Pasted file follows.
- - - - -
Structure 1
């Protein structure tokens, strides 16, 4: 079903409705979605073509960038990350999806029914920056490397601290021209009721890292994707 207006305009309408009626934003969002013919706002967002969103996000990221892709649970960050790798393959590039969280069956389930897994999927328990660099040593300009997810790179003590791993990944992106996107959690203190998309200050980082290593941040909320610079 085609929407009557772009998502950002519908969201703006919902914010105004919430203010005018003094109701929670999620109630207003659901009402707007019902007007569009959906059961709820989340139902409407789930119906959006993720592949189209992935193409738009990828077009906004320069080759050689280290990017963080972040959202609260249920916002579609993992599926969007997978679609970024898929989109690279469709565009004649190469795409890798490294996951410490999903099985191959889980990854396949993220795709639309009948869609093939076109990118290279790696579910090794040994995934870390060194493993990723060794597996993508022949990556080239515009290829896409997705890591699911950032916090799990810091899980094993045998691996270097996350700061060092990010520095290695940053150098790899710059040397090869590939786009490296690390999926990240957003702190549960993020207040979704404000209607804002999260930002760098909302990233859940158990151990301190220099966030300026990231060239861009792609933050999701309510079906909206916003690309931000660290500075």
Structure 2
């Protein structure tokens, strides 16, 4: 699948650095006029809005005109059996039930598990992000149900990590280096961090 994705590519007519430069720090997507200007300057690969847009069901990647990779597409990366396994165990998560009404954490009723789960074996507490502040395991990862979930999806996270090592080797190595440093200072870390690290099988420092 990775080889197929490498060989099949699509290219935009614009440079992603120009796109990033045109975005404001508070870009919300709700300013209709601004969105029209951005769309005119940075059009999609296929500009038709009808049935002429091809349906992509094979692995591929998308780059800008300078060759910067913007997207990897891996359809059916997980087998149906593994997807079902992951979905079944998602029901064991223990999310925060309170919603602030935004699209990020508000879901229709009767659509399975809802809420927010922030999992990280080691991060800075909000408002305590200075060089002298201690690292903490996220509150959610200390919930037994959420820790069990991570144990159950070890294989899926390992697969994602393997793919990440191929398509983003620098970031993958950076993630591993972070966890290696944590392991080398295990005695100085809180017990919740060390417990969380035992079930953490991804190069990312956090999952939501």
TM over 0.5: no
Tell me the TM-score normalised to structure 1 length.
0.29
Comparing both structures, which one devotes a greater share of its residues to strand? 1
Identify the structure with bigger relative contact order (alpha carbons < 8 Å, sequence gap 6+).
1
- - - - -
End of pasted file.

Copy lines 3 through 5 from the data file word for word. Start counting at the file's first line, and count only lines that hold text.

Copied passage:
Structure 2
């Protein structure tokens, strides 16, 4: 699948650095006029809005005109059996039930598990992000149900990590280096961090 994705590519007519430069720090997507200007300057690969847009069901990647990779597409990366396994165990998560009404954490009723789960074996507490502040395991990862979930999806996270090592080797190595440093200072870390690290099988420092 990775080889197929490498060989099949699509290219935009614009440079992603120009796109990033045109975005404001508070870009919300709700300013209709601004969105029209951005769309005119940075059009999609296929500009038709009808049935002429091809349906992509094979692995591929998308780059800008300078060759910067913007997207990897891996359809059916997980087998149906593994997807079902992951979905079944998602029901064991223990999310925060309170919603602030935004699209990020508000879901229709009767659509399975809802809420927010922030999992990280080691991060800075909000408002305590200075060089002298201690690292903490996220509150959610200390919930037994959420820790069990991570144990159950070890294989899926390992697969994602393997793919990440191929398509983003620098970031993958950076993630591993972070966890290696944590392991080398295990005695100085809180017990919740060390417990969380035992079930953490991804190069990312956090999952939501």
TM over 0.5: no